The Baltic nation of Lithuania offers a fascinating variety of activities, from museums to architecture to hiking... and even a beach. It's a bit out of the way to get to from western Europe, but well worth the time. The capital city of Vilnius and its renowned architecture is on quite a few itineraries, but the Baltic coast is also very much worth a look, especially the port city of Klaipėda and the sand bar known as the Curonian Spit. The beautifully restored island castle of Trakai is also definitely worth a look, and an easy day-trip from Vilnius.
The main international Airport is in Vilnius (IATA Code: VNO), but there are also small airports in Palanga (PLQ) and Kaunas (KUN) which receive international flights. In addition, ferries from destinations such as Kiel and Copenhagen dock in Klaipėda.
Hundertwasserkirche in Baernbach bei Köflach is an important sight for all fans of Hundertwasser's architecture : It is the only church worldwide, that was decorated by Hundertwasser. The original church was quite poor and built in 1948, shortly after WW II.
The interior is quite simple, made by other artists, Hundertwasser made mainly the facades and the church-tower.The churchtower is my favorite part of Hundertwasserkirche in Baernbach. Take a closer look for the fine details in the decorations. Friedensreich Hundertwasser was born in december 15th, 1928 as Friedrich Stowasser. His mother was jewish and 69 members of her family were deported and killed by the Nazis. Between 1938 and 1945 he became member of the HJ / Hitlerjugend in order to protect his mother and in fact he was able to.
The Prozessionsweg (procession-path) around the church was Hundertwassers idea and so he had built 12 gates and dedicated them to the main religions of this world. Unfortunately the path through these gates is quite un-even again at many places, one of the few details I hate about his kind of architecture.
it is certainly the best and easyest to drive to Baernbach in your own car, there are lots of parking-lots in Baernbach .
There are also direct buses and trains from Graz,they take 45 minutes one way and the destination you have to check on www.oebb.at is Bärnbach b.Köflach
DONT confuse this village with ANOTHER village called Baernbach in the VT-database !!!
The RIGHT Baernbach is the one close to the village of PIBER !!!
Stift Goettweig is a great monastery in a distance of 10km south of Krems an der Donau. From Krems you can take a bus in order to get there !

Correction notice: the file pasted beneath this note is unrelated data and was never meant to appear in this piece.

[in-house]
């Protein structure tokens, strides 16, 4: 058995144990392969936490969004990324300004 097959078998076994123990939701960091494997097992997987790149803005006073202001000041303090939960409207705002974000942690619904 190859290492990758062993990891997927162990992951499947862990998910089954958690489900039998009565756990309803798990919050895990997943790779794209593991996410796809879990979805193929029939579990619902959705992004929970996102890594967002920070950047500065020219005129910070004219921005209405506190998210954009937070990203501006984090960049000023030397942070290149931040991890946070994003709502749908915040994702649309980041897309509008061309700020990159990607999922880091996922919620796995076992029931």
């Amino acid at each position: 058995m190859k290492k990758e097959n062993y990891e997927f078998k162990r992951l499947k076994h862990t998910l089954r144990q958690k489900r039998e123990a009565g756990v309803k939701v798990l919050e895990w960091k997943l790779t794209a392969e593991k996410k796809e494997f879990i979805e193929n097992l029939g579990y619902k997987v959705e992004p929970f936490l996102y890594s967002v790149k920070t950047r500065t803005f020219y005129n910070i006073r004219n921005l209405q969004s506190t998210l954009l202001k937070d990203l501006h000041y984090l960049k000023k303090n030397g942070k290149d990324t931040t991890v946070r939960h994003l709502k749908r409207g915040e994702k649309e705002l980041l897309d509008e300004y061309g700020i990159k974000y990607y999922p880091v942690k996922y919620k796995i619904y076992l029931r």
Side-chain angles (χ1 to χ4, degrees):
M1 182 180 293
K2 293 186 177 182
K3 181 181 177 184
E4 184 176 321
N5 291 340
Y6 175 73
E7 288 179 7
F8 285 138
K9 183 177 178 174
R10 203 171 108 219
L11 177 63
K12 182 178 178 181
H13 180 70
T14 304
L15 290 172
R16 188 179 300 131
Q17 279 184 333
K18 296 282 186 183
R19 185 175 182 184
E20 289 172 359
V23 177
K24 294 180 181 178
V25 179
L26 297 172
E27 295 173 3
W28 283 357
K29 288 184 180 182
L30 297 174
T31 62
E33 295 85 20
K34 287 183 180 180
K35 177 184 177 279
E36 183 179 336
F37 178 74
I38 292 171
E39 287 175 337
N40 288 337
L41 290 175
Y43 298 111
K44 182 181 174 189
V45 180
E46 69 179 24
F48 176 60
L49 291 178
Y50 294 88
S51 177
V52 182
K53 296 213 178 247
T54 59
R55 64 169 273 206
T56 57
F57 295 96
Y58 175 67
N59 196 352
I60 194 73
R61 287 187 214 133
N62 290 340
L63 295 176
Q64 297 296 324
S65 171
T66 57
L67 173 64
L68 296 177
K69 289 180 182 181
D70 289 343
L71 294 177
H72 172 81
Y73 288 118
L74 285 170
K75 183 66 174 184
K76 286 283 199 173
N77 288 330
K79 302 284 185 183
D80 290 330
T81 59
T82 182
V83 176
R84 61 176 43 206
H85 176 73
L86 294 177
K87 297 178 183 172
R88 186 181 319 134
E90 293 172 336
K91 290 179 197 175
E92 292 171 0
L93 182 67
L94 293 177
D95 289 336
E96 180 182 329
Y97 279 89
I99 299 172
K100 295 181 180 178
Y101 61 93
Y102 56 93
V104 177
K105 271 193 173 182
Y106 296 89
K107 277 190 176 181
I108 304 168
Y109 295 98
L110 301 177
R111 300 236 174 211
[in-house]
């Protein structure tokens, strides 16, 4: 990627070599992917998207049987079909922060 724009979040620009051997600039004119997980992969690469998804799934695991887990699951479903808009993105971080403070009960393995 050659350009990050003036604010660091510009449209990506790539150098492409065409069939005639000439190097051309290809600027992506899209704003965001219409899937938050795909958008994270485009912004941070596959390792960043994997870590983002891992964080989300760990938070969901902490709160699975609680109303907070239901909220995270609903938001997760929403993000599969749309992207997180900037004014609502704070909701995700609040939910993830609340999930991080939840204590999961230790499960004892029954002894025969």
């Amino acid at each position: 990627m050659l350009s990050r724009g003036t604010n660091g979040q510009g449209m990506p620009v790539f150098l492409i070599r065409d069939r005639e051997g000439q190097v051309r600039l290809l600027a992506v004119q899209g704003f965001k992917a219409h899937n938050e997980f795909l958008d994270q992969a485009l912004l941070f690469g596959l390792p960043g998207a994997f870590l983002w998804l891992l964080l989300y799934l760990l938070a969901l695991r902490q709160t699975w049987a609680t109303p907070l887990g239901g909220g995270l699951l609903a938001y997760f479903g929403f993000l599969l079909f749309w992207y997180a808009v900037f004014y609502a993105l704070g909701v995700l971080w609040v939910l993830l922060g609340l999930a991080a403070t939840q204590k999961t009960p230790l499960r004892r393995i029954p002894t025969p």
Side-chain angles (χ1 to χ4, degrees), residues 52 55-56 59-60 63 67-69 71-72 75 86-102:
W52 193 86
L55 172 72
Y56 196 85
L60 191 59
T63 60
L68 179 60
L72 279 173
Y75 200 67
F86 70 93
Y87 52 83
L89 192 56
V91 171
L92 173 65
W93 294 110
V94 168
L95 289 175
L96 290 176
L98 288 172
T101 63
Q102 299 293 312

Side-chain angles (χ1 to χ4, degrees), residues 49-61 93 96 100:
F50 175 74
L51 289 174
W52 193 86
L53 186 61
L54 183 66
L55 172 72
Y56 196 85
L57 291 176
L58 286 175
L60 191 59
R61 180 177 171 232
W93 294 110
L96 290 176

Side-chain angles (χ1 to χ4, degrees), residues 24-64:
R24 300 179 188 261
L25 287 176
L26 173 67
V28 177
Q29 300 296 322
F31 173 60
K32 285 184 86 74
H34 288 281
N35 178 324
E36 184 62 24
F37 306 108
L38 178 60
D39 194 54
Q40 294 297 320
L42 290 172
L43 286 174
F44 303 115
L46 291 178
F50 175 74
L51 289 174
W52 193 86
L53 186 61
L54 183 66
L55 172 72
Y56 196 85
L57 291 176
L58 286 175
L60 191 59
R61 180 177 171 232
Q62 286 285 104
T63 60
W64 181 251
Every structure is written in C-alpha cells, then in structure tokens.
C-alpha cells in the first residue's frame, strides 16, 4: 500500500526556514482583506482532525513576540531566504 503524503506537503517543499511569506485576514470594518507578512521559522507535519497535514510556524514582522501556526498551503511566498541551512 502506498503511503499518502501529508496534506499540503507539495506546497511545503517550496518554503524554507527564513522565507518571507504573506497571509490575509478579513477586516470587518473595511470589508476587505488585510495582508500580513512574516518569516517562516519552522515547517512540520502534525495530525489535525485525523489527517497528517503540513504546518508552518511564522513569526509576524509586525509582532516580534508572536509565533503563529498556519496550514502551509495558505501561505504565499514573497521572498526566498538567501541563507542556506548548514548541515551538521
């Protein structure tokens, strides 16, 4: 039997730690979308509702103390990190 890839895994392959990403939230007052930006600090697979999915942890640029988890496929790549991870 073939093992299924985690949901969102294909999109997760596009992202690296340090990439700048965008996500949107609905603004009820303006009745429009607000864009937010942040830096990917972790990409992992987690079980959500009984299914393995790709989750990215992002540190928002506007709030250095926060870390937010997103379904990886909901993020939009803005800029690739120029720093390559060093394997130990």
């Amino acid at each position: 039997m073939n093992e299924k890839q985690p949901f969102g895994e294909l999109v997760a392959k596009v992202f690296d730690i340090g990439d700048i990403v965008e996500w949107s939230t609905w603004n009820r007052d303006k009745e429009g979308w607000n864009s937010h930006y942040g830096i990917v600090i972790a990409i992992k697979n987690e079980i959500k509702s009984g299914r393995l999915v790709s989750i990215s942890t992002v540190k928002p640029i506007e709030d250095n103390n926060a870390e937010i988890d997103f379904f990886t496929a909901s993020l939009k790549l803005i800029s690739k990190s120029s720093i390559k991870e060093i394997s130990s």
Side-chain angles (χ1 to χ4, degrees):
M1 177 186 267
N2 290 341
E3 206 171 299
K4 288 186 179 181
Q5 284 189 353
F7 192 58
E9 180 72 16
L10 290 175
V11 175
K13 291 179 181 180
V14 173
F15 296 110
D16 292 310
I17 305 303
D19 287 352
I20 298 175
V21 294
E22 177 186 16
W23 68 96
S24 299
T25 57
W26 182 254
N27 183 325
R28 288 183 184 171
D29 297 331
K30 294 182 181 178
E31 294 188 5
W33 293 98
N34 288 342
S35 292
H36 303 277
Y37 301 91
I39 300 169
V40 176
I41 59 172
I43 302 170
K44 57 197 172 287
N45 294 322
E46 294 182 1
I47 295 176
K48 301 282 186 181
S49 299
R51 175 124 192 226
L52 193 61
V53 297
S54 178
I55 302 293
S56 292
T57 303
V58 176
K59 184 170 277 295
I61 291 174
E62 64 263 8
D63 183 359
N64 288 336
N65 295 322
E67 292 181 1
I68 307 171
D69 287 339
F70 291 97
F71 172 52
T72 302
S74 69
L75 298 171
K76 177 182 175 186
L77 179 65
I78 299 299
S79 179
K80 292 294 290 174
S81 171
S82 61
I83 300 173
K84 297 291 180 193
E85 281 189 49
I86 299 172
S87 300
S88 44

Stift Goettweig is one of the largest and most beautiful monasteries in Austria and it makes a great place for an excursion from Vienna, unfortunately you will need a car to get there !
Stift Goettweig was founded in the year 1083 by the bishop of Passau, holy Altmann - he is buried in the krypta under the basilica.At that time Passau was the largest diocese in the area and it included also towns like Vienna, and the bishop of Passau was also the bishop of Vienna.
Stift Goettweig - the way it looks today - dates back to the year 1739, when it was rebuilt after a fire by the famous architect Johann Lucas von Hildebrand.
The highlights of architecture in Goettweig are the Kaisertrakt, Kaiserstiege with frescos by Paul Troger, the chambers of the emperor and the basilica.
You may enter the basilica of Goettweig freely and without restrictions during the day, just for the museums like "Kaiserzimmer" etc. you have to pay an entrance-fee.
The big staircase in the Kaiserhalle of Stift Goettweig is one of the most famous works of art made by the baroque architect Johann Lucas von Hildebrandt.
He was born in Genua in 1668 and died in Vienna in 1745. He is the architect of Belvedere palace in Vienna (for Prince Eugene 1714-1716)
Palais Daun-Kinsky and Palais Schoenborn also in Vienna and a lot more buildings.
Read more about it on my Mautern-page !
Votkinsk is about 900km east of Moscow and close to the town called Tchaikovsky. Votkinsk is the birthplace of Peter Ilyich Tchaikovsky. He also spent the first 8 years of his life there, before his parents moved first to Moscow and later to St. Petersburg.
Take a guided tour through the Tchaikowski-museum, it seems to be the only way to see all the exhibits. Our guide was speaking an excellent german and there will be also guides speaking english and other languages and I had the feeling that in every room there was an extra guide, closing the doors after the tour-groups and making sure nobody was left behind.